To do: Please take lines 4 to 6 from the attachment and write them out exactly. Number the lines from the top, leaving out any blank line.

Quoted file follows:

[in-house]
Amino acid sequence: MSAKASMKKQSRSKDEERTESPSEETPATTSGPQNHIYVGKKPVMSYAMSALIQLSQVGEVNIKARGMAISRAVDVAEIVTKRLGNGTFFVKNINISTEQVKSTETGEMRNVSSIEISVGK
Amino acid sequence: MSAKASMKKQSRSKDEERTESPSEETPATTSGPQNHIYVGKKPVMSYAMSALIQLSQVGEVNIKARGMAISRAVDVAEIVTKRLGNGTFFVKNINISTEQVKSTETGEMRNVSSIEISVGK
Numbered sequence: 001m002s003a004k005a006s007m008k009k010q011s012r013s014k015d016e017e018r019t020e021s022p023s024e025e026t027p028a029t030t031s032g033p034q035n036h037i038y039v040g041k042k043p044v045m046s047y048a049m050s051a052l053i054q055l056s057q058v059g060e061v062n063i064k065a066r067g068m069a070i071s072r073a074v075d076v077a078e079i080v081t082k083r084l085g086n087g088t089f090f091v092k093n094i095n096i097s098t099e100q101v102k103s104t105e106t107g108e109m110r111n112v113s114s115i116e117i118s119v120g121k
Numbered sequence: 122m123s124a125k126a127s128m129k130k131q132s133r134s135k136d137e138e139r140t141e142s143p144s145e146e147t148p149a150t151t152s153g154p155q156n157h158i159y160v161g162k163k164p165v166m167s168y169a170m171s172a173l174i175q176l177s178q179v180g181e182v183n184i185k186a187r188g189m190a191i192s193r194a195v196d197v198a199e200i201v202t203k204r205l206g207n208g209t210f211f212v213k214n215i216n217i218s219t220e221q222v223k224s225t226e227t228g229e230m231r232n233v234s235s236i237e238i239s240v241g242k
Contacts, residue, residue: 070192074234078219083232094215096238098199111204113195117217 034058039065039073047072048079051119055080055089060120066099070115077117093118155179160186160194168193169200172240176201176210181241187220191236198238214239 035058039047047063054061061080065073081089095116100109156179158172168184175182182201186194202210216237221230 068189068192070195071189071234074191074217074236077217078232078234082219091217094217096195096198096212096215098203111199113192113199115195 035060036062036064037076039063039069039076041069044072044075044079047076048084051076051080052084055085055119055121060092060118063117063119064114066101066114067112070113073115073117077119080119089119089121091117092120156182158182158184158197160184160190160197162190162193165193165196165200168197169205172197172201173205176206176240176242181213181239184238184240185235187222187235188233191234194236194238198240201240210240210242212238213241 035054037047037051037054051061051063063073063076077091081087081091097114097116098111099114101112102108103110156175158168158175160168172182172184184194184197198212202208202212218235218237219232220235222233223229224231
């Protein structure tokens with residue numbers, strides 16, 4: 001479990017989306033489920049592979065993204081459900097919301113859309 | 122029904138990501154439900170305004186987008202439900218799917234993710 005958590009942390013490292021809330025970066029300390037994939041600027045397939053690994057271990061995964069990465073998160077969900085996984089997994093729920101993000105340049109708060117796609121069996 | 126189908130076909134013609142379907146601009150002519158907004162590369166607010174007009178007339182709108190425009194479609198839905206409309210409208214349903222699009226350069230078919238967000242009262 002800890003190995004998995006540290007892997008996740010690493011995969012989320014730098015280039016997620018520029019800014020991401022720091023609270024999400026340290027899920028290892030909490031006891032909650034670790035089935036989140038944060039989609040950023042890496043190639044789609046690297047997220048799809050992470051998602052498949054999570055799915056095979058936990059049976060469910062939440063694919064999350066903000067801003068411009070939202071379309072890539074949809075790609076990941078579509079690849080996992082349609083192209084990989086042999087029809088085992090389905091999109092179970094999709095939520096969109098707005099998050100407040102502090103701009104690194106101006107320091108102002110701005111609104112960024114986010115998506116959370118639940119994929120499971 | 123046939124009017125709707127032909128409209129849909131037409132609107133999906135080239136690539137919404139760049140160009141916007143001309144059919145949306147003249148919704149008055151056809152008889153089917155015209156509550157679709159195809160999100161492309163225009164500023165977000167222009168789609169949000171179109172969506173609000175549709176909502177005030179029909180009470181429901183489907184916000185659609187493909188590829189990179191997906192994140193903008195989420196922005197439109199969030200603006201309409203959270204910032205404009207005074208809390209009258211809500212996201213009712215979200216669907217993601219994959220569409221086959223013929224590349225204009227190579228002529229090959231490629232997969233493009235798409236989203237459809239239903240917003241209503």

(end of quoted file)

Numbered sequence: 001m002s003a004k005a006s007m008k009k010q011s012r013s014k015d016e017e018r019t020e021s022p023s024e025e026t027p028a029t030t031s032g033p034q035n036h037i038y039v040g041k042k043p044v045m046s047y048a049m050s051a052l053i054q055l056s057q058v059g060e061v062n063i064k065a066r067g068m069a070i071s072r073a074v075d076v077a078e079i080v081t082k083r084l085g086n087g088t089f090f091v092k093n094i095n096i097s098t099e100q101v102k103s104t105e106t107g108e109m110r111n112v113s114s115i116e117i118s119v120g121k
Numbered sequence: 122m123s124a125k126a127s128m129k130k131q132s133r134s135k136d137e138e139r140t141e142s143p144s145e146e147t148p149a150t151t152s153g154p155q156n157h158i159y160v161g162k163k164p165v166m167s168y169a170m171s172a173l174i175q176l177s178q179v180g181e182v183n184i185k186a187r188g189m190a191i192s193r194a195v196d197v198a199e200i201v202t203k204r205l206g207n208g209t210f211f212v213k214n215i216n217i218s219t220e221q222v223k224s225t226e227t228g229e230m231r232n233v234s235s236i237e238i239s240v241g242k
Contacts, residue, residue: 070192074234078219083232094215096238098199111204113195117217 034058039065039073047072048079051119055080055089060120066099070115077117093118155179160186160194168193169200172240176201176210181241187220191236198238214239 035058039047047063054061061080065073081089095116100109156179158172168184175182182201186194202210216237221230 068189068192070195071189071234074191074217074236077217078232078234082219091217094217096195096198096212096215098203111199113192113199115195 035060036062036064037076039063039069039076041069044072044075044079047076048084051076051080052084055085055119055121060092060118063117063119064114066101066114067112070113073115073117077119080119089119089121091117092120156182158182158184158197160184160190160197162190162193165193165196165200168197169205172197172201173205176206176240176242181213181239184238184240185235187222187235188233191234194236194238198240201240210240210242212238213241 035054037047037051037054051061051063063073063076077091081087081091097114097116098111099114101112102108103110156175158168158175160168172182172184184194184197198212202208202212218235218237219232220235222233223229224231